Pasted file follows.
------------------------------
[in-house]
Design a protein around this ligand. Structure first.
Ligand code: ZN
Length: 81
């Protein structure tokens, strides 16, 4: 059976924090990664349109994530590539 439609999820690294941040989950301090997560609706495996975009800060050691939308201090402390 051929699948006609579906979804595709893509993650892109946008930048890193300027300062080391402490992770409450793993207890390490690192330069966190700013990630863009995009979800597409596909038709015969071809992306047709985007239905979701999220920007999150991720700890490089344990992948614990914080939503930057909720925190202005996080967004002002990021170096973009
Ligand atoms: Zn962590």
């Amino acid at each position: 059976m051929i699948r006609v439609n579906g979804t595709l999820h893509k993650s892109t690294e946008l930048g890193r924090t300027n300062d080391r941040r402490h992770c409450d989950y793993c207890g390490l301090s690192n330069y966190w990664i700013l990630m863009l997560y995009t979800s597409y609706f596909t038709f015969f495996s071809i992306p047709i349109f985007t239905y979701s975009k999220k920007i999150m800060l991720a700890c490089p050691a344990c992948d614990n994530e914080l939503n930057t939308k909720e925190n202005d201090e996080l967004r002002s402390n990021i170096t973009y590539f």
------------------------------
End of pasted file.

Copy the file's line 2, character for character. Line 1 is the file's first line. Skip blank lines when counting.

Design a protein around this ligand. Structure first.